Last week at this time I was at my 40th High School Class Reunion. What may be surprising about this fact is the limited attention I have given to reunions in general. I would like to get to the annual Slagenweit Reunion each Labour Day in Martinsburg. But I'm a teacher. In Manitoba. There is no way I can be in Pennsylvania at that time of year. I have attended one or two college reunions, and I felt closer to my classmates in college than in High School.
Certainly I had never gone back to see my High School mates. I went to Annville-Cleona Area High School for only one year: grade 12. (That school has been torn down, but this link shows what is there now.) I have lived most of the time since then far away from Lebanon County. I have not stayed in touch with any of my classmates.
Although I have been curious about former friends, even if only friends for a year, I probably would not have gone back this year either; but ... A group of bicycle riders from 1976 decided to have a reunion (okay: it should have been last year for 30, but we made it for 31). Some 33 of us had ridden our bicycles from Kansas to California at about this time of year, led by a group called "Out-Spokin" (then a Mennonite ministry from Elkhart, Indiana) and riding to the Brethren in Christ General Conference, held that year at Azusa, California.
So we had a bicycle reunion on Friday night in Pennsylvania, and a High School reunion the next night at the Timbers in Mt. Gretna. So Lois and I flew to Toronto, rented a car, and drove to Pennsylvania. (On the way we learned that Lois' mother faced emergency surgery, but that is another story.) And we reunioned.
I enjoyed it. I knew hardly anyone there, but that was no surprise. The bigger surprise was that I knew anyone. Certain people (such as the two Harolds) I would like to have seen were not there; but I didn't really expect them to be. And everyone was friendly. They were dressed up a bit more than I was: I really have taken to the informality of the prairies! But they were generally people I could enjoy being with. They looked older, but not older than I expected. There were memories, but not so many thrown out as you might expect. Mostly a realization that this group is part of who I am. I noticed also how little such things as who was popular mattered in a reunion: what matters more is who comes.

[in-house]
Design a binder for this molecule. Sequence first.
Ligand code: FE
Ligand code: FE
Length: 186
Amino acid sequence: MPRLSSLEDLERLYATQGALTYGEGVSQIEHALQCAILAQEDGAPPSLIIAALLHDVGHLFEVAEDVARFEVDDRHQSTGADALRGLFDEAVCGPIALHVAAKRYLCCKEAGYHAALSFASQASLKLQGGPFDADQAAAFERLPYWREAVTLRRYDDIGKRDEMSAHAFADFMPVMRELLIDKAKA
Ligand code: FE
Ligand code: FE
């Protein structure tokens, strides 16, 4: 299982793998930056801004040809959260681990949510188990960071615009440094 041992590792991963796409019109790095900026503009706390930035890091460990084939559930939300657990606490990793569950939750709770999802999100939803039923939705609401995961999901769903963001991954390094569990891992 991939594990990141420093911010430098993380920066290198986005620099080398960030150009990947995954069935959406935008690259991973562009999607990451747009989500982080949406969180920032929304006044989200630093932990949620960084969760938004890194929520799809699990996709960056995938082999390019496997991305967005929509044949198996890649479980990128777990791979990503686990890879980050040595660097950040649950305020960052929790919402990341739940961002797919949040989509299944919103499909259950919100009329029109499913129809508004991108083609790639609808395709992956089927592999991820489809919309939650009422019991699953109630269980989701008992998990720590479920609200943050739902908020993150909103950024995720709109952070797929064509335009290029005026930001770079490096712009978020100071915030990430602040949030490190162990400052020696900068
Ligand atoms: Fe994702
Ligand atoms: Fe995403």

One memory stands out. Joan McCulloh was our English teacher, perhaps the only teacher whose name I remember. I remembered her as strict, demanding, and good. I said something about her, and a classmate said, "You remember here because she is probably the best teacher you ever had." Well, I've had a lot of teachers, and I may have been more teachable later in life for some of those others. But I know what he was saying. The ability to construct sentences, to make sense with words, to think with some semblance of clarity: these were gifts from "Flint" McCulloh.
There was a silent auction. Maybe other teachers donated something to the auction as well; I doubt it. But Miss McCulloh did. A quite remarkable connection, a bond that 40 years later jumps out so that the casual observer sees that this teacher and these students belonged together. For one evening 40 or 50 of us belonged together again. Five years from now, some of us will again.